- Holy Bishops in Late Antiquity: The Nature of Christian Leadership in an Age of Transition
The European Enlightenment has proven remarkably successful in convincing later generations not only that religious matters can be separated from secular ones, but that such a distinction is natural. This has hampered scholarly efforts to understand societies in which that distinction is foreign. Claudia Rapp here successfully draws a systematic portrait of episcopal authority in late antiquity which consciously eschews the binary secular/religious model. Her model, based on late antique discussions of leadership, is that late antique bishops exercised leadership through three modes of authority: spiritual, ascetic, and pragmatic. Spiritual authority is a divine gift of the Spirit, of which individuals are passive recipients. Ascetic authority is achieved through the personal efforts of individuals to improve and perfect themselves. Pragmatic authority arises from the deeds individuals do on behalf of others. Whereas anyone can gain ascetic authority through proper personal conduct, only those with the material resources to undertake actions benefiting others can gain pragmatic authority.
This model is an attempt to take seriously the contemporary terminology used to discuss the ideal characteristics of bishops. Ascetic authority is the lynch-pin in this system. Rapp's most forceful point is that bishops strove to practice asceticism and were praised by their contemporaries insofar as they succeeded. They endeavored to conform to the same ideals of behavior as monks and, like monks, gained authority through their ascetic achievements. Successful practice of asceticism was considered a sign that one possessed gifts of the spirit and hence had spiritual authority. Ascetic authority was also the "motivation and legitimation" of pragmatic authority (p. 18). Rapp successfully makes the case that "pragmatic authority never seems to exist on its own but is embedded in a larger context where spiritual and ascetic authority also play their part" (p. 131). Rapp's reminder that most major bishops went through a period of ascetic practice before taking up office is an important corrective to common perceptions.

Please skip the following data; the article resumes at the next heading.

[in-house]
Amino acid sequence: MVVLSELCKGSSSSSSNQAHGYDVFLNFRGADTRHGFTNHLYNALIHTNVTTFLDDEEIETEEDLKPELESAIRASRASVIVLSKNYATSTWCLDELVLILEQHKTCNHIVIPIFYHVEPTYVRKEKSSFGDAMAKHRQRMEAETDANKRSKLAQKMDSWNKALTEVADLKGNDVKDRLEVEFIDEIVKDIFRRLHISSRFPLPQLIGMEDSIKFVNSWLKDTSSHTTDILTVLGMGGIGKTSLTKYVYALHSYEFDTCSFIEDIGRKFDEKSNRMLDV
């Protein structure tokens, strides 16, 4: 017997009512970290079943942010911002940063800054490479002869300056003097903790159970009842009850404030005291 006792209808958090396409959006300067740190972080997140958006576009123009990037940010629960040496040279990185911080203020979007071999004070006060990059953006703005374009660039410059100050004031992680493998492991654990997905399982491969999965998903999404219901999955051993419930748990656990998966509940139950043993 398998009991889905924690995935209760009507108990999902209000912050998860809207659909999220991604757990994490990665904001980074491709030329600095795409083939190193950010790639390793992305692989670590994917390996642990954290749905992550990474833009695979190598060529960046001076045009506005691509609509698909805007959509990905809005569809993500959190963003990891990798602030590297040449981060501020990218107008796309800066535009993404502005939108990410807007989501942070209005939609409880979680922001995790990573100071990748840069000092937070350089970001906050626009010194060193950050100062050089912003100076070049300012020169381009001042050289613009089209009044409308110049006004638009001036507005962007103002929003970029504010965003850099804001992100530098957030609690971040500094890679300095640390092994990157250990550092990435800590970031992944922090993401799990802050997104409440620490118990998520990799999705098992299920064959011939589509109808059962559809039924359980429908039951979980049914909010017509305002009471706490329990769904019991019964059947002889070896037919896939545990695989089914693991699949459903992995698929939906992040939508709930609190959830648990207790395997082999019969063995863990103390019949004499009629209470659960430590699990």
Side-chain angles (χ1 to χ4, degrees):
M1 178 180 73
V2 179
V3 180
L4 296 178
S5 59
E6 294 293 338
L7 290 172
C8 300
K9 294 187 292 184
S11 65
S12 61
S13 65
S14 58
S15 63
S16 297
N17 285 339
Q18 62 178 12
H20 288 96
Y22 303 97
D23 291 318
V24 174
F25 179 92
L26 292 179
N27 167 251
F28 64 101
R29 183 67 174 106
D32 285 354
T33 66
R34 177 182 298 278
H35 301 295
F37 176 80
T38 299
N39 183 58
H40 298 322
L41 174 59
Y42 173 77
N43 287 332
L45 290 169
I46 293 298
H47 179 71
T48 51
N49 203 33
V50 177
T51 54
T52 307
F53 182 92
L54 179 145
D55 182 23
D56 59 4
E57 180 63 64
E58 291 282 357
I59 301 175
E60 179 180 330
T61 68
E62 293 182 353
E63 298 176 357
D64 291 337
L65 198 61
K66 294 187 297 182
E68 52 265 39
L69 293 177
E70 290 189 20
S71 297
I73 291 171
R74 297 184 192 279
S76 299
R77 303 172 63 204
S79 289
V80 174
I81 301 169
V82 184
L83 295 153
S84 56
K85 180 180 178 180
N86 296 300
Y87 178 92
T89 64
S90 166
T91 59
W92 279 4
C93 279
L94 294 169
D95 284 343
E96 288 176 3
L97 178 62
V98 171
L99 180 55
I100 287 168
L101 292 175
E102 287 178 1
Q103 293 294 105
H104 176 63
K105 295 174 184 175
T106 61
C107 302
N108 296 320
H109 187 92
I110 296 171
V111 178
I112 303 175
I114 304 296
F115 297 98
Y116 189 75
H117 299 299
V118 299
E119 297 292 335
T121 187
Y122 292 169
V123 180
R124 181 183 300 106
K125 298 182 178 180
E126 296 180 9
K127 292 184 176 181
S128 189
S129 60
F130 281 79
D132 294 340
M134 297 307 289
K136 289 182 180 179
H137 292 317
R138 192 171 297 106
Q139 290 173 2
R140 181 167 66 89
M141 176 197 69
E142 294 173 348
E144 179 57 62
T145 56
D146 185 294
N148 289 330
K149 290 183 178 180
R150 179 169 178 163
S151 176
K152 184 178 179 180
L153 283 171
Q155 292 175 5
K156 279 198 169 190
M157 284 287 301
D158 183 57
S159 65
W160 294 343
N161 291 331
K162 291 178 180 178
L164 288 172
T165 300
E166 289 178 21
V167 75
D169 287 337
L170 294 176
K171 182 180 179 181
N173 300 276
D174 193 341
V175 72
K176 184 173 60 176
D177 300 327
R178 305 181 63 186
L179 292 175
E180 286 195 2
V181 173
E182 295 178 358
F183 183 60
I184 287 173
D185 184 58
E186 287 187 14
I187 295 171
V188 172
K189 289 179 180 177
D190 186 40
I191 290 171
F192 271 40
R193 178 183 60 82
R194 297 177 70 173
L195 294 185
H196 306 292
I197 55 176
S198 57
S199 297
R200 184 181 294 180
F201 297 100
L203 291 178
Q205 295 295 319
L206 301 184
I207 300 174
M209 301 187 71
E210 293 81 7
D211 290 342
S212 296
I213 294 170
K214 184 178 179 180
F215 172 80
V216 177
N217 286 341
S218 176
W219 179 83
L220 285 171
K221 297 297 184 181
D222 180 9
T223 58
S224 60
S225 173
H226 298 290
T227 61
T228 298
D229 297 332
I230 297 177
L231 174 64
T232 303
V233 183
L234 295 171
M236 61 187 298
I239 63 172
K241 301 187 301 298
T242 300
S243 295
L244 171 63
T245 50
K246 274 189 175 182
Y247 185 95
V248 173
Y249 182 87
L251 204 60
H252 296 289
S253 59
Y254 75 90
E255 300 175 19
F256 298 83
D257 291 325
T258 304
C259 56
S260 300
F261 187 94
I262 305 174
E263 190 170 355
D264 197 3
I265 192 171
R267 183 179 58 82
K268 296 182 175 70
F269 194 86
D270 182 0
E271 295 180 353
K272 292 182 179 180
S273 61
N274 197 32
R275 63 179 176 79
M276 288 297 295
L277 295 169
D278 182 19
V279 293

Rapp takes on an extensive chronological sweep from the third to the sixth century. By thus straddling the reign of Constantine she undermines a second persistent scholarly dichotomy between the "primitive" Church and the post-Constantinian "imperial" church. Her analysis charts gradual evolutions within the ideals of episcopal authority. [End Page 374]
Much of the source material utilized discusses the nature of the priesthood and ideals of priestly behavior, with bishops entering the picture as an extension of that conversation. Through the theory of apostolic succession, ordination itself was seen as bestowing spiritual authority on priests. The authority which came through ordination is most often evident in absolution of penitents (p. 94). Rapp emphasizes the adoption of monastic values by priests. In part she is exposing the distinction in expected behavior between monks and priests as a medieval phenomenon. A key distinguishing feature of priestly as opposed to monastic holiness in late antiquity was the injunction of priests to preach and educate their communities. Rapp highlights the presumption that a priest was always a teacher.
Throughout, Rapp exhibits a stunning knowledge of the source material and scholarship. In addition to the finely crafted argument, Rapp provides an invaluable survey of information and sources describing the nature of episcopal authority in late antiquity. For this reason alone the book should be considered essential reading for anyone studying late antiquity or the development of Christianity. Her case that bishops were able to lead effectively through an intertwining of spiritual, ascetic, and pragmatic authority is made with sufficient force that it will likely set the agenda for scholarly discussions of late antique authority for some time to come.